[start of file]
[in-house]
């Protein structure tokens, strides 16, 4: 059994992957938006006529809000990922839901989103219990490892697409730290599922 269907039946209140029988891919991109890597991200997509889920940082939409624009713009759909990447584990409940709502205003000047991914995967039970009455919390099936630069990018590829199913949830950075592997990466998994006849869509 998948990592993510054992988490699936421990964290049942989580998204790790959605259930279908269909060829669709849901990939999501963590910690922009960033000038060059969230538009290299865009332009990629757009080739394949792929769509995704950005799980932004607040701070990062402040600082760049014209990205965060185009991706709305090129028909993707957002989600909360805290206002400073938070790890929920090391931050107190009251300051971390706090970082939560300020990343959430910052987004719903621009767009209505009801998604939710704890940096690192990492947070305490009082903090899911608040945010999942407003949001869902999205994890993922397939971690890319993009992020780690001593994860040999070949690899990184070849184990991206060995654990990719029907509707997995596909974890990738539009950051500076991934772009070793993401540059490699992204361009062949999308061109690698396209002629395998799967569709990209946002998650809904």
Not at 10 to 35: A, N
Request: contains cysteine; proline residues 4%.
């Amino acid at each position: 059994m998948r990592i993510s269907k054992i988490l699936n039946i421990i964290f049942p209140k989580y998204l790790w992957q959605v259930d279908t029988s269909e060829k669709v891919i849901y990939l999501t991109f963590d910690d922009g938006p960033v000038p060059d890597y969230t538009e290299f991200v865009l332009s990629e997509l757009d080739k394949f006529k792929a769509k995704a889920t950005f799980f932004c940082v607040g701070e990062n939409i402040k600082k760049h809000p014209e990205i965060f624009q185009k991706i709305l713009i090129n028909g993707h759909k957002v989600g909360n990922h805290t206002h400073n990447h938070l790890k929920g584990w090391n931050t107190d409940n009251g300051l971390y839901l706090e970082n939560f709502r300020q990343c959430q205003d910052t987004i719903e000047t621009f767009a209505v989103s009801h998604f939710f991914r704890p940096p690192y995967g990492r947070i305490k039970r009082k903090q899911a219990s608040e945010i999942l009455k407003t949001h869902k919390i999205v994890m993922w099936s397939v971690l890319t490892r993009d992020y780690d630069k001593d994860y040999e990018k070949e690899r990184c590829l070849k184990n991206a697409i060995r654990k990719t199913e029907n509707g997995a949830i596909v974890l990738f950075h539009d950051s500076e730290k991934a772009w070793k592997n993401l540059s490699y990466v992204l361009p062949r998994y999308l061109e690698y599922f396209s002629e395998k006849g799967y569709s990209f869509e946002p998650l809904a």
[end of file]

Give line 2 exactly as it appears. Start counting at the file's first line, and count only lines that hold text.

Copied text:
């Protein structure tokens, strides 16, 4: 059994992957938006006529809000990922839901989103219990490892697409730290599922 269907039946209140029988891919991109890597991200997509889920940082939409624009713009759909990447584990409940709502205003000047991914995967039970009455919390099936630069990018590829199913949830950075592997990466998994006849869509 998948990592993510054992988490699936421990964290049942989580998204790790959605259930279908269909060829669709849901990939999501963590910690922009960033000038060059969230538009290299865009332009990629757009080739394949792929769509995704950005799980932004607040701070990062402040600082760049014209990205965060185009991706709305090129028909993707957002989600909360805290206002400073938070790890929920090391931050107190009251300051971390706090970082939560300020990343959430910052987004719903621009767009209505009801998604939710704890940096690192990492947070305490009082903090899911608040945010999942407003949001869902999205994890993922397939971690890319993009992020780690001593994860040999070949690899990184070849184990991206060995654990990719029907509707997995596909974890990738539009950051500076991934772009070793993401540059490699992204361009062949999308061109690698396209002629395998799967569709990209946002998650809904």